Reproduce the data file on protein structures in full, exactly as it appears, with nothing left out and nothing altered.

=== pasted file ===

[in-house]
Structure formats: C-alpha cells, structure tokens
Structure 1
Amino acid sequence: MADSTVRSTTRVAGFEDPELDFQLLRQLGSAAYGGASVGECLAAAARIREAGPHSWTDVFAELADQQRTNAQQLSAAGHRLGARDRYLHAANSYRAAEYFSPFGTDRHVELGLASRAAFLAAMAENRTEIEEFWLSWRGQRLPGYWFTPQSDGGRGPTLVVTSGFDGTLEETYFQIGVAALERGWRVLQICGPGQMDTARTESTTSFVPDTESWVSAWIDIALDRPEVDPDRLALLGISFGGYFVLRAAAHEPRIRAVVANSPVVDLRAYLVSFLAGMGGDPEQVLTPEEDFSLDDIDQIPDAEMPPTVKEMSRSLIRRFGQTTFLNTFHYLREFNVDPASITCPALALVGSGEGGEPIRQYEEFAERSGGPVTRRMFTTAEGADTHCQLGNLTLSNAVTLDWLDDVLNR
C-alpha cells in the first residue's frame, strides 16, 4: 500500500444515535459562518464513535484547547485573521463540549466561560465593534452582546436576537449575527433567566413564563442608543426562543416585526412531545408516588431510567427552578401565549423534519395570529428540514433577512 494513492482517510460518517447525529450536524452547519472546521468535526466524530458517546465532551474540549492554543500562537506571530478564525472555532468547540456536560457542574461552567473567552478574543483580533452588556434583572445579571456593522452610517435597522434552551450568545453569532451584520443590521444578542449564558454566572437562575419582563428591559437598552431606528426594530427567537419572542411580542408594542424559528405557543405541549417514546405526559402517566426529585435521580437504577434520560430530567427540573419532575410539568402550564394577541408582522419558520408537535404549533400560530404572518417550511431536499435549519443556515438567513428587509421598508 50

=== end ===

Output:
[in-house]
Structure formats: C-alpha cells, structure tokens
Structure 1
Amino acid sequence: MADSTVRSTTRVAGFEDPELDFQLLRQLGSAAYGGASVGECLAAAARIREAGPHSWTDVFAELADQQRTNAQQLSAAGHRLGARDRYLHAANSYRAAEYFSPFGTDRHVELGLASRAAFLAAMAENRTEIEEFWLSWRGQRLPGYWFTPQSDGGRGPTLVVTSGFDGTLEETYFQIGVAALERGWRVLQICGPGQMDTARTESTTSFVPDTESWVSAWIDIALDRPEVDPDRLALLGISFGGYFVLRAAAHEPRIRAVVANSPVVDLRAYLVSFLAGMGGDPEQVLTPEEDFSLDDIDQIPDAEMPPTVKEMSRSLIRRFGQTTFLNTFHYLREFNVDPASITCPALALVGSGEGGEPIRQYEEFAERSGGPVTRRMFTTAEGADTHCQLGNLTLSNAVTLDWLDDVLNR
C-alpha cells in the first residue's frame, strides 16, 4: 500500500444515535459562518464513535484547547485573521463540549466561560465593534452582546436576537449575527433567566413564563442608543426562543416585526412531545408516588431510567427552578401565549423534519395570529428540514433577512 494513492482517510460518517447525529450536524452547519472546521468535526466524530458517546465532551474540549492554543500562537506571530478564525472555532468547540456536560457542574461552567473567552478574543483580533452588556434583572445579571456593522452610517435597522434552551450568545453569532451584520443590521444578542449564558454566572437562575419582563428591559437598552431606528426594530427567537419572542411580542408594542424559528405557543405541549417514546405526559402517566426529585435521580437504577434520560430530567427540573419532575410539568402550564394577541408582522419558520408537535404549533400560530404572518417550511431536499435549519443556515438567513428587509421598508 50